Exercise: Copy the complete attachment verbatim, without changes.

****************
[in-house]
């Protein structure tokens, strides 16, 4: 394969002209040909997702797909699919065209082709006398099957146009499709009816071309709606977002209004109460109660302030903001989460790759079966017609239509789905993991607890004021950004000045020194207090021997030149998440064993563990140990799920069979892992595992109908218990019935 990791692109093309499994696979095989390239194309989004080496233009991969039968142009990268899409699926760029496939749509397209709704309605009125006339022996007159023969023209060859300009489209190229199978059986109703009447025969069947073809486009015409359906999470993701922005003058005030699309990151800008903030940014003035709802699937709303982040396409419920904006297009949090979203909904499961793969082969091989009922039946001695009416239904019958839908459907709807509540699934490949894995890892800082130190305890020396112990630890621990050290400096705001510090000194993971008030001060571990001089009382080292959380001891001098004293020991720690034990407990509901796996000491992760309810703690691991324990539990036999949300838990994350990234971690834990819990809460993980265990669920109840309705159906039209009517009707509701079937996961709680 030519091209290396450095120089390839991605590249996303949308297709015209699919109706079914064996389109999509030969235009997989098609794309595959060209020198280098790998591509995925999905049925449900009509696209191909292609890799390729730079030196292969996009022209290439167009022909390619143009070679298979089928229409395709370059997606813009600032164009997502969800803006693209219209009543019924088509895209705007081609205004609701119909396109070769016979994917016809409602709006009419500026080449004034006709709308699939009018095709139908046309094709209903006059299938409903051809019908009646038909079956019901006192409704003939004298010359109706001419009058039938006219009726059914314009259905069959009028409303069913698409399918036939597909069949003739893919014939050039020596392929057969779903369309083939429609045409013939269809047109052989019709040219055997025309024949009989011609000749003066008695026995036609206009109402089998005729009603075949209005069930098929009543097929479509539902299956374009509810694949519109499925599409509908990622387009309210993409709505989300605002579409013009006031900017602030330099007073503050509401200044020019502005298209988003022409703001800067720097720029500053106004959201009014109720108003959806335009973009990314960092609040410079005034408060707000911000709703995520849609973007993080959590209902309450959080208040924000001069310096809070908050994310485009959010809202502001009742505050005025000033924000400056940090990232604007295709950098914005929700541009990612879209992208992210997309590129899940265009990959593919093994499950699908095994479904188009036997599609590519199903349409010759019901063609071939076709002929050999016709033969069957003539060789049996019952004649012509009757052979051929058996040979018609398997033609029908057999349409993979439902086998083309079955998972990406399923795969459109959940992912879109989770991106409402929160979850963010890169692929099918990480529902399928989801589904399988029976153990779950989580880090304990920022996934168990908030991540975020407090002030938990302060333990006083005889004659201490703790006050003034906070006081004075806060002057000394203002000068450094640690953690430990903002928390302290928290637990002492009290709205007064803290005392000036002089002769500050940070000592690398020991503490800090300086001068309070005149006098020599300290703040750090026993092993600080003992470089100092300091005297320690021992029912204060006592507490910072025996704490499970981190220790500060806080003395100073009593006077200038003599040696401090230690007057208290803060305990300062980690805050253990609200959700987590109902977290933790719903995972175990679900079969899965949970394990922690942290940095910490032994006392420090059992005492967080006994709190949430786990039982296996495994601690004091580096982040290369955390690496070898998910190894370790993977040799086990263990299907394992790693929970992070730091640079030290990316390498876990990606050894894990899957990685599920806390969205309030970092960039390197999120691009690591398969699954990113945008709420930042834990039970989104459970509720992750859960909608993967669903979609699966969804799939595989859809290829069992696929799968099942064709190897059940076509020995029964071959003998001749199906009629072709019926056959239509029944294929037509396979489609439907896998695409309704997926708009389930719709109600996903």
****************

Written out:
[in-house]
């Protein structure tokens, strides 16, 4: 394969002209040909997702797909699919065209082709006398099957146009499709009816071309709606977002209004109460109660302030903001989460790759079966017609239509789905993991607890004021950004000045020194207090021997030149998440064993563990140990799920069979892992595992109908218990019935 990791692109093309499994696979095989390239194309989004080496233009991969039968142009990268899409699926760029496939749509397209709704309605009125006339022996007159023969023209060859300009489209190229199978059986109703009447025969069947073809486009015409359906999470993701922005003058005030699309990151800008903030940014003035709802699937709303982040396409419920904006297009949090979203909904499961793969082969091989009922039946001695009416239904019958839908459907709807509540699934490949894995890892800082130190305890020396112990630890621990050290400096705001510090000194993971008030001060571990001089009382080292959380001891001098004293020991720690034990407990509901796996000491992760309810703690691991324990539990036999949300838990994350990234971690834990819990809460993980265990669920109840309705159906039209009517009707509701079937996961709680 030519091209290396450095120089390839991605590249996303949308297709015209699919109706079914064996389109999509030969235009997989098609794309595959060209020198280098790998591509995925999905049925449900009509696209191909292609890799390729730079030196292969996009022209290439167009022909390619143009070679298979089928229409395709370059997606813009600032164009997502969800803006693209219209009543019924088509895209705007081609205004609701119909396109070769016979994917016809409602709006009419500026080449004034006709709308699939009018095709139908046309094709209903006059299938409903051809019908009646038909079956019901006192409704003939004298010359109706001419009058039938006219009726059914314009259905069959009028409303069913698409399918036939597909069949003739893919014939050039020596392929057969779903369309083939429609045409013939269809047109052989019709040219055997025309024949009989011609000749003066008695026995036609206009109402089998005729009603075949209005069930098929009543097929479509539902299956374009509810694949519109499925599409509908990622387009309210993409709505989300605002579409013009006031900017602030330099007073503050509401200044020019502005298209988003022409703001800067720097720029500053106004959201009014109720108003959806335009973009990314960092609040410079005034408060707000911000709703995520849609973007993080959590209902309450959080208040924000001069310096809070908050994310485009959010809202502001009742505050005025000033924000400056940090990232604007295709950098914005929700541009990612879209992208992210997309590129899940265009990959593919093994499950699908095994479904188009036997599609590519199903349409010759019901063609071939076709002929050999016709033969069957003539060789049996019952004649012509009757052979051929058996040979018609398997033609029908057999349409993979439902086998083309079955998972990406399923795969459109959940992912879109989770991106409402929160979850963010890169692929099918990480529902399928989801589904399988029976153990779950989580880090304990920022996934168990908030991540975020407090002030938990302060333990006083005889004659201490703790006050003034906070006081004075806060002057000394203002000068450094640690953690430990903002928390302290928290637990002492009290709205007064803290005392000036002089002769500050940070000592690398020991503490800090300086001068309070005149006098020599300290703040750090026993092993600080003992470089100092300091005297320690021992029912204060006592507490910072025996704490499970981190220790500060806080003395100073009593006077200038003599040696401090230690007057208290803060305990300062980690805050253990609200959700987590109902977290933790719903995972175990679900079969899965949970394990922690942290940095910490032994006392420090059992005492967080006994709190949430786990039982296996495994601690004091580096982040290369955390690496070898998910190894370790993977040799086990263990299907394992790693929970992070730091640079030290990316390498876990990606050894894990899957990685599920806390969205309030970092960039390197999120691009690591398969699954990113945008709420930042834990039970989104459970509720992750859960909608993967669903979609699966969804799939595989859809290829069992696929799968099942064709190897059940076509020995029964071959003998001749199906009629072709019926056959239509029944294929037509396979489609439907896998695409309704997926708009389930719709109600996903």